I have been a bit quieter online lately.
There are a few reasons this.
First, I am deep into a writing project that has taken me seven years – seven years – to get anywhere close to completion – or maybe it’s more like comprehension as it’s taken me this long to even understand what I am trying to do with it.
When we first started closing things down here two months ago, my mind was scattered. I was checking the news constantly. I was having trouble focusing.
But then, a few weeks in, something started to change. So often, my schedule feels like a big puzzle, with every plan and project and to-do needing to fit tightly into a timeline.
Without the added mental work of watching the clock or trying to work around plans or squeeze in last-minute errands, my mind started to relax.
Suddenly, I had the headspace I needed to get back into writing my book. And also to really look at whether I was just in the habit of rushing around, or if the things I was so busy with all the time actually mattered.
So you see, now this book project that has taken up significant real estate within me. It wasn’t able to fully move in before because I could only offer it something that might resemble a bachelor apartment in my mind. Today, it has a penthouse suite with rooftop access and it’s ready to live.
Big projects need big spaces to move around in.
Last week, I was on a bit of a roll with my writing and went a bit quiet online. Sometimes creativity requires that.
But can be a hard thing to allow for. I have a career as a writer, but it’s not what people think it is. It doesn’t make me a lot of money, and my work is not very commercial and it is not intended to be.
Still, it is hard to justify putting in the time to make art some days – or months, or years.
Because if it doesn’t lead to something, if nothing “happens” with it, if there is no money or security or promise of success or measure up to some kind of big expectation, then inevitably someone will ask:
“What’s the point?”
Sometimes, that someone is me.
The older I get, the harder this question gets. And when I feel inspired, I need to run with it because I know doubt is waiting around the corner, ready to pounce.
Sometimes, that means going quiet to tune in and capitalize on that inspiration before it vanishes again.
But also, I was a bit quiet because I was a bit sad. The sadness didn’t come from anything specific – it was just there when I woke up one morning.
So I asked it what it wanted, and the sadness told me it wanted to take its time. To not be rushed away or brushed off to the side, which is so easy to do with work or chores or other tasks.
I decided to listen. There have been many times in my life when I have not honoured my feelings, and those are hard lessons that I continue to work through. Some of those moments are wounds that are still healing.
They come in the form of tiredness and resentment and burnout that flare up when I have taken on too much or ignored myself too long.
When I was a kid, my mother was so afraid to call in sick to work that she never did. She was afraid of losing face, or being seen as unreliable or being judged as flakey. She came from a different generation where you sucked it up and went in no matter what.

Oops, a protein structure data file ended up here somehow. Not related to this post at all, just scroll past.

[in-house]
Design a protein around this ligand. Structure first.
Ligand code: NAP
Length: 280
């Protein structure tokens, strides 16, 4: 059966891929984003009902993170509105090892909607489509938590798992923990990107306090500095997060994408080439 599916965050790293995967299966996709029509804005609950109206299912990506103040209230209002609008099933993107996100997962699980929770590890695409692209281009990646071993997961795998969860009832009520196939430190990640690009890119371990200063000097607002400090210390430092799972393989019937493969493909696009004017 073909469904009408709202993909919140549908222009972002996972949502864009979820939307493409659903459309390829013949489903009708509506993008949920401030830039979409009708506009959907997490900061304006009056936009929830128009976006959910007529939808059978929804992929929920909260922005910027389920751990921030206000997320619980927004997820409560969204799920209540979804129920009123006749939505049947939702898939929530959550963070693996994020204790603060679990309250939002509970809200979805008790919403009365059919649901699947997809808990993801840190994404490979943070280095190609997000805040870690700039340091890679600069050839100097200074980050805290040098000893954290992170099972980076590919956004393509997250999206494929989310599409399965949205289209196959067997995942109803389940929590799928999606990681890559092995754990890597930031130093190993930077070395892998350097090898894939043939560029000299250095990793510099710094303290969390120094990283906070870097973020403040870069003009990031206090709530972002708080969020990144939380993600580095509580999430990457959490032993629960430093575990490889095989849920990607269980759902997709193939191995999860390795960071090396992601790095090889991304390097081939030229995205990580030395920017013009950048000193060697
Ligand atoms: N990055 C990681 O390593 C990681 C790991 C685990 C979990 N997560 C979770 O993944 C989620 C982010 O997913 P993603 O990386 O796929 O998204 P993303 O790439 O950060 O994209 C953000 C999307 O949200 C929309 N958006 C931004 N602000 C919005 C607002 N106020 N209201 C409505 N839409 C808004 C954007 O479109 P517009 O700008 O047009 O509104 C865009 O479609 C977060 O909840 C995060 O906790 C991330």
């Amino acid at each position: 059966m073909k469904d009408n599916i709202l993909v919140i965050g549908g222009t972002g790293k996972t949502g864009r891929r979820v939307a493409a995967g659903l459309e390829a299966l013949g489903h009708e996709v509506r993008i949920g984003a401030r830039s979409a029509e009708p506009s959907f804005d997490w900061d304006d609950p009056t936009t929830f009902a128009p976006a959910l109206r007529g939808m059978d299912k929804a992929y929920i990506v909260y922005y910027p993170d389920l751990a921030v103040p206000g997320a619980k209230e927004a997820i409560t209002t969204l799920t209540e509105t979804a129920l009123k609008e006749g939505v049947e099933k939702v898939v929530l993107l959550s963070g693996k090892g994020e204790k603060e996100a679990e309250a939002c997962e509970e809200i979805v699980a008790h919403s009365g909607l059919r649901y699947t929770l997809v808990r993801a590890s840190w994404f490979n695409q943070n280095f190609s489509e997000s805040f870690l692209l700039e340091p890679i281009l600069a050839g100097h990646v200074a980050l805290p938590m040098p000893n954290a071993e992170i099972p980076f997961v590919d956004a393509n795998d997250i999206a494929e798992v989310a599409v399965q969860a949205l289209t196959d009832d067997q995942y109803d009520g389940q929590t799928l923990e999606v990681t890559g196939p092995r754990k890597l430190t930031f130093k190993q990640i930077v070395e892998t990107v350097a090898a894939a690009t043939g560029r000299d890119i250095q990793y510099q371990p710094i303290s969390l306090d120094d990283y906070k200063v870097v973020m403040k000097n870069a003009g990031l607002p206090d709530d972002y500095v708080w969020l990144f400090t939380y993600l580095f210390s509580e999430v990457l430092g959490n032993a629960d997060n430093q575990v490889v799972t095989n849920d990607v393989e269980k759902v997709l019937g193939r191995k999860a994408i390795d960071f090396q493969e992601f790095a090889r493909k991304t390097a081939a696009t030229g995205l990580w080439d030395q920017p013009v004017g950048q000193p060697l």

And because she never took sick days, it meant I didn’t, either. She never called me in sick for school. I was sent in with tonsillitis, ear infections, fevers.
I held perfect attendance records every year but paid the price for it, not just to have to struggle through the day feverish and tired, but also, as I got older, to be completely lost as to how to tend to myself.
And how to not feel shame or guilt for needing a day off. I had to teach myself to care about my body and mind.
So last week, I took the time I needed. I went for some long walks. I listened to some of my favourite music. I made some plans to talk with some friends. I cried by myself a couple of times.
And you know what? In a few days, I felt better. The extra time was what I needed.
All week, I kept listening beyond the sadness.
A phrase kept running through my head:
“Is this mine, or yours?”
It’s a question I think we all need to sit through time and again. Especially in this world where we are always spilling out into each other’s lives through social media, seeing the most intimate parts of strangers’ lives and hearing every single opinion available.
Where it’s so easy to compare our status, success, happiness, bodies, and choices against so many others the moment we pick up our phones or login to our computers.
Where generational wounds span decades and we get confused into thinking that we need to live up to someone else’s dreams better than our own.
In this world where shame is so strong and punishment so ruthless, where judgment is a form of entertainment for some people… it’s easier to confuse external ideals for your own.
“Is this mine, or yours?”
The idea that my art has to amount to something is not mine to own, because it is not the reason I create. It may not be the reason you create, either.
The idea that I need to keep grinding through day after day is also not mine.
But I know that these are just two ways I’ve been shaped and conditioned to be a certain way. These examples could go on – they could fill pages and pages. They could keep us talking for days.
We all hold onto outside influences, for better or for worse. But we can each decide what gets to live on within us, and which patterns we are here on this earth to help break.
What’s underneath all the noise when you strip away what you’ve been told to believe and get into the core of what really matters to you? What would change if you take the time to find out?
“Is this mine, or yours?”
This week, I invite you to sit with this question and see what’s ready to be shaken loose.
Until next time,